How to prepare for a new patient

According to a study on patient satisfaction, physicians estimated that 76 percent of their patients were completely satisfied with the care they received, but in reality, only 39 percent of patients described themselves as completely satisfied. There’s often a disconnect between patient and provider that can impact your practice. A big part of that starts with the first impression you make, including your onboarding process with new patients.

Patient onboarding is the process of getting new patients registered and oriented with your healthcare facility. Patient onboarding is an often-overlooked process at medical practices. But it’s absolutely critical to get right.

If onboarding for a new patient is confusing, takes too much time, or uses outdated methods like filling out pages and pages of paper forms, patients can develop a not-so-great first impression of the practice. But if you take steps to streamline the onboarding process, new patients will get the idea that your facility offers efficient, convenient, and confidential care.

The tips below will improve your new patient onboarding process and help build a great foundation for your relationships with new patients.

1. Offer accessible online patient forms

Using paper forms is one of the greatest inefficiencies in medical practices. When you think about it, patients are crunched for time as it is and often don’t feel well. The last thing they want is to deal with a clipboard full of forms while they’re sitting in a crowded waiting room.

And it’s not just patients who have to deal with the disorganization of paper. Close to one-third of physicians said handling paperwork and other administrative tasks takes 20 hours or more per week.

The first step in making your onboarding process simple and convenient for patients is to switch to online patient intake forms. These forms collect medical history, contact details, and other important health information from new patients. You can also include terms and conditions, and collect informed consent from patients through e-signatures. Patients complete all of these forms online before they even enter your office, which can keep them from feeling rushed in the waiting room.

Your practice can share online forms via a link or by embedding them on your website, which makes them easily accessible to patients. In addition, they don’t require manual administration, which means your staff can spend more time on strategic work that brings value to the practice and less time doing basic data entry.

2. Maintain data security

We can’t discuss onboarding new patients with online forms and protected health information (PHI) without talking about the Health Insurance Portability and Accountability Act (HIPAA). This law requires certain safeguards to be in place to ensure the integrity and confidentiality of PHI and reduce security risks.

Protecting the sensitive patient health data you collect from online intake forms is a critical part of the paperless patient onboarding process. It reduces the risk of a security breach and helps you gain and maintain patient trust.

Along with using HIPAA-compliant forms, these additional layers of security can help ensure compliance and confidentiality during the onboarding process:

  • Data encryption. Encryption ensures the data you collect on patients is secured with an encryption key and cannot be viewed or read unless a person has access to the decryption key or code. Even if a hacker gets access to files, without a decryption key, the file content will be rendered unreadable.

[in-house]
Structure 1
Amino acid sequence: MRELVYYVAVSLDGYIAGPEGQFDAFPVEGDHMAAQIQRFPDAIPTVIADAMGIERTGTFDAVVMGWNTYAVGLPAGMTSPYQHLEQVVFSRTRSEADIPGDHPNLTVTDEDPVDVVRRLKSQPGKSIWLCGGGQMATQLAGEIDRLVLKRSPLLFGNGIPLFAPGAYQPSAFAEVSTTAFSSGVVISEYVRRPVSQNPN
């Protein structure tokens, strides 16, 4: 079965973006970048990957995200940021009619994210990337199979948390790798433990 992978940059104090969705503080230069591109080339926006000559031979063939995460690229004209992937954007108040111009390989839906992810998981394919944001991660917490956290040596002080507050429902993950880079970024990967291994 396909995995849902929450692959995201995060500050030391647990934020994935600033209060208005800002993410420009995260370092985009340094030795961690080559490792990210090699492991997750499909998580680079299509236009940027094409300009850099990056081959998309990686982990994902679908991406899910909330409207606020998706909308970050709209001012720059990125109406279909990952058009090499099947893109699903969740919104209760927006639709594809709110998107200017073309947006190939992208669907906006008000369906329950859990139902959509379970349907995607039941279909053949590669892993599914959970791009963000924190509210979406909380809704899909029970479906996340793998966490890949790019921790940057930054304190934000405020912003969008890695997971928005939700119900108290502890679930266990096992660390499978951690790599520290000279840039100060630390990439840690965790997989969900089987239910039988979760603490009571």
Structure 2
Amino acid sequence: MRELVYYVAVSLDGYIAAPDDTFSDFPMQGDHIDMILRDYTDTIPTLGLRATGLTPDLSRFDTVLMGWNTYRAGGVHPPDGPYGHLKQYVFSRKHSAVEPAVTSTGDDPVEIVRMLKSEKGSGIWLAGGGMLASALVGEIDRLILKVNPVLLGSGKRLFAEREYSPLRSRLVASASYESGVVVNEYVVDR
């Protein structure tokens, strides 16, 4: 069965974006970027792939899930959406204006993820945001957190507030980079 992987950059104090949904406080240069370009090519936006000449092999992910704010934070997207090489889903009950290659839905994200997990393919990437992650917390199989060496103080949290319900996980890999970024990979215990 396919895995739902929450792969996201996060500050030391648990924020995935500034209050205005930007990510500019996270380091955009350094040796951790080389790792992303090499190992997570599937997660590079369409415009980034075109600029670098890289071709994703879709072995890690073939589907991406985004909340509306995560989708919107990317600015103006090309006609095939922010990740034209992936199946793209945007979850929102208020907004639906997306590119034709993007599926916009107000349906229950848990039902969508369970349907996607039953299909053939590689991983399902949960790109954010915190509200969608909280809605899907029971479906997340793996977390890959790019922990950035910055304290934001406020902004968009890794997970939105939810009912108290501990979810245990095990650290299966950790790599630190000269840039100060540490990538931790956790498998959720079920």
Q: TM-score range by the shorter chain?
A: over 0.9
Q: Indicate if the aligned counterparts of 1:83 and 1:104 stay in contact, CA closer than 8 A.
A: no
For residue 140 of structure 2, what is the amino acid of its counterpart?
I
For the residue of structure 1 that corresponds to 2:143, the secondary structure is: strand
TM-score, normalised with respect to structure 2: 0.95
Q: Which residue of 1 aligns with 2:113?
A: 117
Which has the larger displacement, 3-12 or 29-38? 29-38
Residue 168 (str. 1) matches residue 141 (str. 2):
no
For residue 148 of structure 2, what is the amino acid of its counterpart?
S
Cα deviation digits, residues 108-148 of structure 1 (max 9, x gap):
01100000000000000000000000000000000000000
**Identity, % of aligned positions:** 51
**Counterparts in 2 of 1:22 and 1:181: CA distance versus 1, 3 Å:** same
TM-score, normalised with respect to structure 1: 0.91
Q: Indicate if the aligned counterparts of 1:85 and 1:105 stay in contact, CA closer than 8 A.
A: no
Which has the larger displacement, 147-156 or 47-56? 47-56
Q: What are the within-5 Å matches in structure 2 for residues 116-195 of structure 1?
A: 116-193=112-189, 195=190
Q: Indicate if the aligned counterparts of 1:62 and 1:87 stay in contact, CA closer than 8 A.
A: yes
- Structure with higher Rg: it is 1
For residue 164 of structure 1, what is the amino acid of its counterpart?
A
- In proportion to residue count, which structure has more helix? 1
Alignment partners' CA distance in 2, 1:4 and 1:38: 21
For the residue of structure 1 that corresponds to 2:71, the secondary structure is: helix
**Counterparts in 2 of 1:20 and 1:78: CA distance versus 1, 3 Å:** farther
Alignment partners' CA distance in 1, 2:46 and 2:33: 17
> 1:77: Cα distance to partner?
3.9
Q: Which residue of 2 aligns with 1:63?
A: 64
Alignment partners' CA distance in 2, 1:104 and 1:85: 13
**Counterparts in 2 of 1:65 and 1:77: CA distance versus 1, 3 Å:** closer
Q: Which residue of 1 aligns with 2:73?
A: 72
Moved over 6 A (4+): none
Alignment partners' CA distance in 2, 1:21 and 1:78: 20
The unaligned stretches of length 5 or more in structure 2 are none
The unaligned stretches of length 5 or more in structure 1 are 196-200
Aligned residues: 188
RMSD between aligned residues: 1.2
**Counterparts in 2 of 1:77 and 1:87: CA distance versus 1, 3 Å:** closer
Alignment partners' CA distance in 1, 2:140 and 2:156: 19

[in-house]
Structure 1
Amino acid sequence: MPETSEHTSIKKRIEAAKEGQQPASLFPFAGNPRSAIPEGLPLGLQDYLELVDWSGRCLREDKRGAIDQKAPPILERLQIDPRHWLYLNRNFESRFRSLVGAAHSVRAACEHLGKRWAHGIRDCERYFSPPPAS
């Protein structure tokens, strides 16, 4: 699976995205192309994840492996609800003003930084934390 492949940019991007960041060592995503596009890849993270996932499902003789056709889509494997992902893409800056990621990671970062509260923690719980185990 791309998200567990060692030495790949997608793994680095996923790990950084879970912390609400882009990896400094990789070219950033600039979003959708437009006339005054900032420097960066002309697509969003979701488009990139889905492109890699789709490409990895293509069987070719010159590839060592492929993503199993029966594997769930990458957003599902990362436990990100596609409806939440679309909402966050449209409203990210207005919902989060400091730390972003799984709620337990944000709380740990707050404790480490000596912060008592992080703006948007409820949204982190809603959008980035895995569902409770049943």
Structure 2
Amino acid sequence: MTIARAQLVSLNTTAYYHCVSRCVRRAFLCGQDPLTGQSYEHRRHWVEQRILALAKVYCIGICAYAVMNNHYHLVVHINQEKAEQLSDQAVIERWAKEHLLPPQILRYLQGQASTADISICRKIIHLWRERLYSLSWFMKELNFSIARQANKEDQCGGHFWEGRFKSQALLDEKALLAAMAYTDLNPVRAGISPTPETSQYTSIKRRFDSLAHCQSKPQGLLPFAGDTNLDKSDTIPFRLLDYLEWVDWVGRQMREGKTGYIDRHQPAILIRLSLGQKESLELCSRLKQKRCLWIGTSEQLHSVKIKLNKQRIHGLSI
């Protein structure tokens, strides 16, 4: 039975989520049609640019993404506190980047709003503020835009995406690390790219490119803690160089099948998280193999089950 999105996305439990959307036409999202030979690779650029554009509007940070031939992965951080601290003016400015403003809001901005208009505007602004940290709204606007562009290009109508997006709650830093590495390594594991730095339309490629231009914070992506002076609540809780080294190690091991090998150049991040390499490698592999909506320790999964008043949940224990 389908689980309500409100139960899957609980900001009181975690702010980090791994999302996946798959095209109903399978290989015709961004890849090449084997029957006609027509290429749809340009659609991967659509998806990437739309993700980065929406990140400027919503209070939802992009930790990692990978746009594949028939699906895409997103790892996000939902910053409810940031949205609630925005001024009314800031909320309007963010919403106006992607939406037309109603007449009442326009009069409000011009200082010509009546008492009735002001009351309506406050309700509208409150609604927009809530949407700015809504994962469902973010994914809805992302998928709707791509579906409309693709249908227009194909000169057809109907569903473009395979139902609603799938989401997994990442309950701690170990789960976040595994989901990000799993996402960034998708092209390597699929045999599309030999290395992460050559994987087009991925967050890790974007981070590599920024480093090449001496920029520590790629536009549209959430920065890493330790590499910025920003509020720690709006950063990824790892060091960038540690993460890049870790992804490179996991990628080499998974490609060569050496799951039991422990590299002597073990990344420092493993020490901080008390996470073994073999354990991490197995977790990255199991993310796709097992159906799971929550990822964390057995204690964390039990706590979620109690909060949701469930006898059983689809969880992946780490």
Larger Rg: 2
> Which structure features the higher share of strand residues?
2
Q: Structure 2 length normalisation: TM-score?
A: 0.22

• Auditing and logging. When it comes to data security, you’re required to track user activity in your accounts that can help identify any potential data breaches or issues, and you’re required to keep the audit logs for at least six years.
  • Access control. Access controls allow you to closely monitor which employees have access to collected data. You can set up individual user permissions based on roles to make sure patient and practice data is only accessible by previously authorized individuals.
  • Inactivity timeouts. You can program user sessions to time out after a certain period of inactivity, reducing the likelihood that patient or practice data is viewable on an idle device.

3. Solicit patient feedback

Once you’ve electronically collected a patient’s information and the necessary provider has seen the patient, it’s time to find out how satisfied your patient was with the overall experience.

The most efficient way to do that is to send new patients a patient satisfaction survey where they can share their feedback on the whole visit — including the onboarding process. You can look for any trends that can help you improve the overall experience. This ensures you’re continuing to work toward offering a seamless, high-quality experience for every patient who walks through your doors.

The key to efficient onboarding

The onboarding process is the first impression that a patient will have of your medical facility, so it’s critical to make sure it’s as efficient and convenient as possible. The use of safe, secure online forms is one way to streamline the process. It allows patients to submit their information at a time and place that’s convenient for them, and gives them the peace of mind that comes with knowing their information will remain confidential.

Not only will this help to create a favorable impression of your practice, but it can also go a long way toward overall patient satisfaction.

This article is originally published on Jun 25, 2020, and updated on Jul 01, 2020.
AUTHOR
Firm believer in personal data privacy in the age of information. Close follower of the new regulations concerning patient confidentiality & HIPAA. You can reach George through his contact form.

Send Comment:

JotForm Avatar

Comment:

Podo CommentBe the first to comment.